Diagnosing Intracranial Aneurysms With MR Angiography
Systematic Review and Meta-Analysis
Background and Purpose—The aim of this study was to evaluate the sensitivity and specificity of MR angiography (MRA) in the diagnosis of ruptured and unruptured intracranial aneurysms.
Methods—A systematic search was performed on 4 electronic databases on relevant articles that were published from January 1998 to October 2013. Inclusion criteria were met by 12 studies that compared MRA with digital subtraction angiography as reference standard. Two independent reviewers evaluated the methodological quality of the studies. Data from eligible studies were extracted and used to construct 2×2 contingency tables on a per-aneurysm level. Pooled estimates of sensitivity and specificity were calculated for all studies and subgroups of studies. Heterogeneity was tested, and risk for publication bias was assessed.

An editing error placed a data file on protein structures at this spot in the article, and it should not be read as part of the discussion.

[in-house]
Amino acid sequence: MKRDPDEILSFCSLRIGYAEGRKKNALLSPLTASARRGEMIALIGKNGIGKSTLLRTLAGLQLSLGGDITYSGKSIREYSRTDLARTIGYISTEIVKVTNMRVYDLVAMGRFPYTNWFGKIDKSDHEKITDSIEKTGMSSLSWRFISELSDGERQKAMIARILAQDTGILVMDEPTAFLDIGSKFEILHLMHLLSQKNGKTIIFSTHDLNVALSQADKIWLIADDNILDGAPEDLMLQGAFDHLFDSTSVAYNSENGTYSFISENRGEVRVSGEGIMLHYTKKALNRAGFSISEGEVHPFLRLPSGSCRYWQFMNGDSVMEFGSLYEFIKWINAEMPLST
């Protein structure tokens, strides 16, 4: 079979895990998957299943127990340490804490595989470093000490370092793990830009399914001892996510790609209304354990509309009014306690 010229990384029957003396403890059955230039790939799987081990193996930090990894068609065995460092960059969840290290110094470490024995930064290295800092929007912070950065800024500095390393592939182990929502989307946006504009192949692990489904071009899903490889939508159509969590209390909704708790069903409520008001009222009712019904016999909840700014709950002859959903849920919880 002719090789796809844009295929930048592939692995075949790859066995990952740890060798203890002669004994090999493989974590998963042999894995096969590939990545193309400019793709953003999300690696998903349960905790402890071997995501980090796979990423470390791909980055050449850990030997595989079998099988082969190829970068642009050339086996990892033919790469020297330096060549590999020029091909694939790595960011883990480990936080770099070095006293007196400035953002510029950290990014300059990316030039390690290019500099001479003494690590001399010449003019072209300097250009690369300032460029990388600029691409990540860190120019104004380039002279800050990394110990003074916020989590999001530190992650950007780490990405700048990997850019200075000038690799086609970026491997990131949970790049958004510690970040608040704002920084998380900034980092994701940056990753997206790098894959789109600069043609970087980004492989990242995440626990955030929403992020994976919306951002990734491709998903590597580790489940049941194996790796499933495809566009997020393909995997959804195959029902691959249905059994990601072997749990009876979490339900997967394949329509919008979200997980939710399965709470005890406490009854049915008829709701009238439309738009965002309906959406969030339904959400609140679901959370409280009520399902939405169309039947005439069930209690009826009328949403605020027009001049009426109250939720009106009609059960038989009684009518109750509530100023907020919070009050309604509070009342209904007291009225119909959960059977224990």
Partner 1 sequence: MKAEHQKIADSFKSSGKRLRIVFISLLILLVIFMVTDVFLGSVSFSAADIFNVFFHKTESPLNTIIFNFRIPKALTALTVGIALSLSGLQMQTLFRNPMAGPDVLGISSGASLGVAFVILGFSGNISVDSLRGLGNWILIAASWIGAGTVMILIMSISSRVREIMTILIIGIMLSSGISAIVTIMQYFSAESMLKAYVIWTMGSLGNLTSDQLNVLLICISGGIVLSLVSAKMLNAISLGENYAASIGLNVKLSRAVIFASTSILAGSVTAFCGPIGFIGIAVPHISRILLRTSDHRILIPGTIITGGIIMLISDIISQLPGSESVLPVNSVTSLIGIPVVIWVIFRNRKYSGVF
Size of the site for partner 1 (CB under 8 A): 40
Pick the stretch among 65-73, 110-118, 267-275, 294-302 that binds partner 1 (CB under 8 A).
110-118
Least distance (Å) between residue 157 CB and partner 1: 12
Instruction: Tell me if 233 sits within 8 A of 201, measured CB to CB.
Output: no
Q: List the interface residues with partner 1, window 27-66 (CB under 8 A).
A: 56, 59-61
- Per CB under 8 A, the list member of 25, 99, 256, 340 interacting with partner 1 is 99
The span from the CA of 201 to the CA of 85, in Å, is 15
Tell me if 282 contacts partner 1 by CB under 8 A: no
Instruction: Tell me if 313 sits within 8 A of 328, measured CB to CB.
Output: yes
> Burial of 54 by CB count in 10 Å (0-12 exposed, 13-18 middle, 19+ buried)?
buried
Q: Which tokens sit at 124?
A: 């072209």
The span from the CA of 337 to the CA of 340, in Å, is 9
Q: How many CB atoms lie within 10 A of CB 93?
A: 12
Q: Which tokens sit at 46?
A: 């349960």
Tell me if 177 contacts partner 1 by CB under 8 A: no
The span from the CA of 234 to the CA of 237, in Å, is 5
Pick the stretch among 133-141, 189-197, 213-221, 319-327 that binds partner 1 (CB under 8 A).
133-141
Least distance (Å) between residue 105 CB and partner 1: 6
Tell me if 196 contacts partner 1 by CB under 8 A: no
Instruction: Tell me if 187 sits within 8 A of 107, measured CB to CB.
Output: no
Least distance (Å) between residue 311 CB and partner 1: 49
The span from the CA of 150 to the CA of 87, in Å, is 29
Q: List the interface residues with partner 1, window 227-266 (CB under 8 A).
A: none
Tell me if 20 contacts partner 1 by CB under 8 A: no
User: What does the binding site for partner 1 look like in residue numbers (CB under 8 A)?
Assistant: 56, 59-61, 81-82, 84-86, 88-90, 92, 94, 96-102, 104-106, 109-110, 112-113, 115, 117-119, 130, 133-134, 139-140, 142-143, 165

Results—Included studies were of high methodological quality. Studies with larger sample size tended to have higher diagnostic performance. Most studies used time-of-flight MRA technique. Among the 960 patients assessed, 772 aneurysms were present. Heterogeneity with reference to sensitivity and specificity was moderate to high. Pooled sensitivity of MRA was 95% (95% confidence interval, 89%–98%), and pooled specificity was 89% (95% confidence interval, 80%–95%). False-negative and false-positive aneurysms detected on MRA were mainly located at the skull base and middle cerebral artery. Freehand 3-dimensional reconstructions performed by the radiologist significantly increased diagnostic performance. Studies performed on 3 Tesla showed a trend toward higher performance (P=0.054).
Conclusions—Studies on diagnostic performance of MRA show high sensitivity with large variation in specificity in the detection of intracranial aneurysms.
- Received August 6, 2013.
- Accepted October 23, 2013.
- © 2013 American Heart Association, Inc.